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Medications for Diabetes

A guide to oral medications, injectable medications, and insulin.

Medically reviewed in February 2022

Type 2 diabetes is a common health condition that affects tens of millions of people in the United States (and many, many more worldwide).

While type 2 diabetes is extremely common, it is also a different experience for every person. Different people find success with different treatments—and because type 2 diabetes is a lifelong condition, many people find that they need different medications at different points in their life.

To help understand what treatment options are available, here we will look at the three main categories of type 2 diabetes medications—oral medications, non-insulin injectables, and insulin.

Before we get started, remember that your healthcare provider will be your best source of information about any medication you are prescribed or are considering for the treatment of type 2 diabetes. Before starting any medication, it is important to discuss and understand the potential adverse effects of that medication.

It’s also important to talk to your healthcare provider about the foods you eat and how physically active you are. Diet and exercise are essential to managing type 2 diabetes—and all of the medications discussed below are intended to be used alongside diet and exercise.

Oral medications
Oral medications refer to pills and tablets. There are a variety of different oral medications that help treat type 2 diabetes in different ways:

  • Biguanides. Better known by the name metformin, these medications reduce how much glucose is released by the liver and how much glucose is absorbed inside the intestines. They also improve the body’s ability to use insulin. These are often the first medication prescribed for type 2 diabetes.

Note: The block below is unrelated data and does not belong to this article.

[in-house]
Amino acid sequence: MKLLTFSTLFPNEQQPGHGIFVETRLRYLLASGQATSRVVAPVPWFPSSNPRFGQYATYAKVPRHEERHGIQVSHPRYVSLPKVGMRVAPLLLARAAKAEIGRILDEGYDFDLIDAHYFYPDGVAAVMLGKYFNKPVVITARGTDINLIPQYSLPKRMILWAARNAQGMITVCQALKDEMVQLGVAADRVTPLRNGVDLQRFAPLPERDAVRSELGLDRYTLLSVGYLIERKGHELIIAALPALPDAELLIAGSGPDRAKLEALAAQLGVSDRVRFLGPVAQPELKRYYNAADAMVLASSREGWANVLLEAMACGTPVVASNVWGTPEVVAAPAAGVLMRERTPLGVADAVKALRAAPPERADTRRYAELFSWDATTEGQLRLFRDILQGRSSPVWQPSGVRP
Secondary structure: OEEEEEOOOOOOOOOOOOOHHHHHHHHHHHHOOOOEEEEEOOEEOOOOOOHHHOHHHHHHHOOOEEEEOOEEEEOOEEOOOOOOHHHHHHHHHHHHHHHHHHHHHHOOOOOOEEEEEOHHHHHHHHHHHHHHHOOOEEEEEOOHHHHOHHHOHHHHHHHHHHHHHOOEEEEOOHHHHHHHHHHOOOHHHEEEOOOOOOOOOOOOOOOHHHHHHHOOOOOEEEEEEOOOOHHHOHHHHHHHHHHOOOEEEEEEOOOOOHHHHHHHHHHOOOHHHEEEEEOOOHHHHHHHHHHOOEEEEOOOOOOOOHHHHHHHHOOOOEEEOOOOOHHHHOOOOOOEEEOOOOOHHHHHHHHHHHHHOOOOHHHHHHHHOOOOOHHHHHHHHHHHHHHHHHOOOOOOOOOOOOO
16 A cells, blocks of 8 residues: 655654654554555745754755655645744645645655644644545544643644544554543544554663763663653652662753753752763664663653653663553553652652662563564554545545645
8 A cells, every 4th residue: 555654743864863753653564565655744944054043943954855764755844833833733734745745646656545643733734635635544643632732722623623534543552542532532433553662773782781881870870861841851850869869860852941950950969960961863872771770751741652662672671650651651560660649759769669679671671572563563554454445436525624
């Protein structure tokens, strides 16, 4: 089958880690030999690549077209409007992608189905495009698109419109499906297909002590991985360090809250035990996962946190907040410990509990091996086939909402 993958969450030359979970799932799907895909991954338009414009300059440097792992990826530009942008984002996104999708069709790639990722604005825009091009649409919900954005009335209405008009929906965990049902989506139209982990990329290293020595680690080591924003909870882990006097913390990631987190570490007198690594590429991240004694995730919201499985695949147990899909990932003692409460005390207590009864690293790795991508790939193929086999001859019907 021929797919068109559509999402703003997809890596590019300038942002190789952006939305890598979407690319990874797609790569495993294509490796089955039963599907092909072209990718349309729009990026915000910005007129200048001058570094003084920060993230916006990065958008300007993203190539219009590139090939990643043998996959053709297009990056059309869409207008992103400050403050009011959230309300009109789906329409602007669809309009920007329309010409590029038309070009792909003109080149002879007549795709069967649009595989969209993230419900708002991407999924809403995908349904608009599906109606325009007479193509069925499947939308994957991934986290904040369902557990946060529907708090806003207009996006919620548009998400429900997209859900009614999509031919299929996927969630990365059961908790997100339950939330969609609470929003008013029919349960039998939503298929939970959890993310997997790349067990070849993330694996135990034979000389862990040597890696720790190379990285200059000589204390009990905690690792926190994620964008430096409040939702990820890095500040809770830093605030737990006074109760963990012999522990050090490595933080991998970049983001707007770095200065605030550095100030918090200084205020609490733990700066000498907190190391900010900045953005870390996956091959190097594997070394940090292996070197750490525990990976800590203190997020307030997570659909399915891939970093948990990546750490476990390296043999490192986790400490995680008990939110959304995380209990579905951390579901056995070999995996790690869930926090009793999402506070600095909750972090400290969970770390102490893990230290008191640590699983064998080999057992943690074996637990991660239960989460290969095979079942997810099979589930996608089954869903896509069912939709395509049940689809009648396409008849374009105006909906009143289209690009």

• Sulfonylureas. These were the first oral medication for diabetes and have been prescribed since the 1950s. The sulfonylureas prescribed today are called second- or third generation and can be taken at lower dosages. These medicines work by stimulating the production of insulin in the pancreas.
  • DPP-4 inhibitors. These medications block an enzyme called DPP-4. Blocking this enzyme helps the body produce more insulin and helps the liver release less glucose after meals.
  • SGLT2 inhibitors. These medications act in the kidneys. They cause less glucose to be reabsorbed into the blood and more glucose to be excreted in urine.
  • Meglitinides. These medications work in a similar way to sulfonylureas but are taken with meals instead of once or twice a day.
  • Thiazolidinediones (TZDs). Also called glitazones, TZDs help make the body more sensitive to insulin and help sugar move out of the bloodstream and into muscles, fat tissue, and the liver.
  • Alpha-glucosidase inhibitors. Also known as starch blockers, these medicines act in the small intestine, where they cause the body to absorb glucose from carbohydrates more slowly, giving the body more time to distribute the glucose being released from the breakdown of carbohydrates.